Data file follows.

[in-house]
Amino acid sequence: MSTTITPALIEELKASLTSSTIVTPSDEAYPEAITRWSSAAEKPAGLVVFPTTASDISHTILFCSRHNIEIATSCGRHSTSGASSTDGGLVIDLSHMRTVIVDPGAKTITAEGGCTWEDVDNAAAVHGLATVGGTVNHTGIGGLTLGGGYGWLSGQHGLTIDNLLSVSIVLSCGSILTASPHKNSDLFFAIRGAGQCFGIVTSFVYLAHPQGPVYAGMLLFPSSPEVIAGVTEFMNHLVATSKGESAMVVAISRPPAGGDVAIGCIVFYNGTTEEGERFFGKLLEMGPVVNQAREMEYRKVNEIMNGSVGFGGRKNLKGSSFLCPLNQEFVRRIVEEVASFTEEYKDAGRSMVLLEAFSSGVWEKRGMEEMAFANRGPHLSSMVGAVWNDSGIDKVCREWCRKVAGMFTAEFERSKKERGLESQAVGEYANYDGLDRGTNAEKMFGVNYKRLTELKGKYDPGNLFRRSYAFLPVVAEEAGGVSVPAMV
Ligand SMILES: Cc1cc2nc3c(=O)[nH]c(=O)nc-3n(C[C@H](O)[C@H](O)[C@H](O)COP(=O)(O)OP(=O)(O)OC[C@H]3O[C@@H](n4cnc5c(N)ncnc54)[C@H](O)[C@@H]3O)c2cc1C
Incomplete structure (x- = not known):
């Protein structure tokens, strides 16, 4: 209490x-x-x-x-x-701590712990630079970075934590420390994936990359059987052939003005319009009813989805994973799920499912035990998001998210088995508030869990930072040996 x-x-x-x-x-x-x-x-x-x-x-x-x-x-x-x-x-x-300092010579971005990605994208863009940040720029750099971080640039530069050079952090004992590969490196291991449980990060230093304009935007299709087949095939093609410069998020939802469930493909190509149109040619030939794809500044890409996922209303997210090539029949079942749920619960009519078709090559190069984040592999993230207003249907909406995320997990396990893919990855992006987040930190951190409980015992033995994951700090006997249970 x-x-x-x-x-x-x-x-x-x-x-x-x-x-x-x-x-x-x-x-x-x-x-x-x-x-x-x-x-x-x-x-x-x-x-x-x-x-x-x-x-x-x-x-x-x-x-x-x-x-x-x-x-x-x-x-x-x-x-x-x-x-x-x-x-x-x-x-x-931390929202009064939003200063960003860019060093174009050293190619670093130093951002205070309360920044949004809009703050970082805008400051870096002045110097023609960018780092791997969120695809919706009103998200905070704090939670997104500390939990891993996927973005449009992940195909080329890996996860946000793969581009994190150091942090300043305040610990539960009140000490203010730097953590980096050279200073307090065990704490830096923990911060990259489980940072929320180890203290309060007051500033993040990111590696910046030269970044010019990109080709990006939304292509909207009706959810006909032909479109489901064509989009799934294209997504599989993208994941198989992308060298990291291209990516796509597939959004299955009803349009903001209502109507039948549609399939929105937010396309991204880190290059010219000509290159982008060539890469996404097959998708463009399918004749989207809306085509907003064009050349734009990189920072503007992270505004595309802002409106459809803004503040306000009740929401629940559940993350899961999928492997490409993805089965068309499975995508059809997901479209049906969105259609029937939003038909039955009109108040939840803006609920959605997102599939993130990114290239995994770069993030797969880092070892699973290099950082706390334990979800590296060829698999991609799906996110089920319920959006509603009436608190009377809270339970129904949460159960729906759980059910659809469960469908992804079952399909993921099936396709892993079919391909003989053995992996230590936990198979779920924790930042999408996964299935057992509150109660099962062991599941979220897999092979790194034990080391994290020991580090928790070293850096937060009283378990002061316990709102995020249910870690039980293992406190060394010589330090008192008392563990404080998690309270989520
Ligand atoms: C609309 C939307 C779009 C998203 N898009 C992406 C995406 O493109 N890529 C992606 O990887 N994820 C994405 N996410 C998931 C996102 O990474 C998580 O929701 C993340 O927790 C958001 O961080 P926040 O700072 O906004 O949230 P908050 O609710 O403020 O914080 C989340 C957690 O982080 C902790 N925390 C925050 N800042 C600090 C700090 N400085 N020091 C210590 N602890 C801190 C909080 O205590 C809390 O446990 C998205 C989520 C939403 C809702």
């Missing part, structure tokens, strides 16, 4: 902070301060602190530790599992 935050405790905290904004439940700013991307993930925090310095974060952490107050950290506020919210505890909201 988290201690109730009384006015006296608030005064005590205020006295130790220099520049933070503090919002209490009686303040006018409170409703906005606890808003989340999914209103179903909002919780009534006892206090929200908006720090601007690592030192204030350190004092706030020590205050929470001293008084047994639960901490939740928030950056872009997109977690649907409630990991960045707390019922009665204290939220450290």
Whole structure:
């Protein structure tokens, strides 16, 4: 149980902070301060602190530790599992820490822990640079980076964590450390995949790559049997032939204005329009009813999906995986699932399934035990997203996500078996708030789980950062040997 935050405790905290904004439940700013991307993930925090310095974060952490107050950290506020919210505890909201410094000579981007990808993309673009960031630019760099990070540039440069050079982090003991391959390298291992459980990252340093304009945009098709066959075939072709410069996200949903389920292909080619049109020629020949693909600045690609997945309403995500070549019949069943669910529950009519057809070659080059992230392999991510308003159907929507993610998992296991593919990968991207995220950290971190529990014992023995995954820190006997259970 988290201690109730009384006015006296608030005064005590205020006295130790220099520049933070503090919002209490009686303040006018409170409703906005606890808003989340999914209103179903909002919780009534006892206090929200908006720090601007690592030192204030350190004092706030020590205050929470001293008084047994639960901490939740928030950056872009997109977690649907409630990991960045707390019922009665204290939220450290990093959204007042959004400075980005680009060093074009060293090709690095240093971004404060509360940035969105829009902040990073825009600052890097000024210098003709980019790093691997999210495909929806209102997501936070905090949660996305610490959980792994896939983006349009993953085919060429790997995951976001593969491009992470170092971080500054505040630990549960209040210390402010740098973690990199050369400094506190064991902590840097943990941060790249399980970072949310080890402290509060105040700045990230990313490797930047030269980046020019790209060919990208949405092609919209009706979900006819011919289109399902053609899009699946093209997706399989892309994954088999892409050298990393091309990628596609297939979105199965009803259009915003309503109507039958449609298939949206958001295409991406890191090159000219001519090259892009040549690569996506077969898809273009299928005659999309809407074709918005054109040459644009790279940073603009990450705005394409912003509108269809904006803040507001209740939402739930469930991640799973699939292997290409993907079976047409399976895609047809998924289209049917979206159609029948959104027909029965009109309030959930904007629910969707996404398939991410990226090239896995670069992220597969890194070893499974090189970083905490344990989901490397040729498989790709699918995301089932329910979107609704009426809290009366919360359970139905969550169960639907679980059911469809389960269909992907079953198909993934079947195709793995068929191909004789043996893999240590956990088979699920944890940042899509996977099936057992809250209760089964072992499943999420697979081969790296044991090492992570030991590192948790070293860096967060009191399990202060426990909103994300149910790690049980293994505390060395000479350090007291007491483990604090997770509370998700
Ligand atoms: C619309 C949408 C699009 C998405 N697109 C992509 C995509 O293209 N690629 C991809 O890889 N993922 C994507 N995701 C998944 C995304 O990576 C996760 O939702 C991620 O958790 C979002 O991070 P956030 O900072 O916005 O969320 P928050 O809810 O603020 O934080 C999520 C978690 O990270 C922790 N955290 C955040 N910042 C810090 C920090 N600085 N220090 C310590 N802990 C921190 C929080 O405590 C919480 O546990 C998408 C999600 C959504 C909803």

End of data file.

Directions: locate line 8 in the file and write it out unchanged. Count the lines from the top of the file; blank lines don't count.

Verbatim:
Whole structure: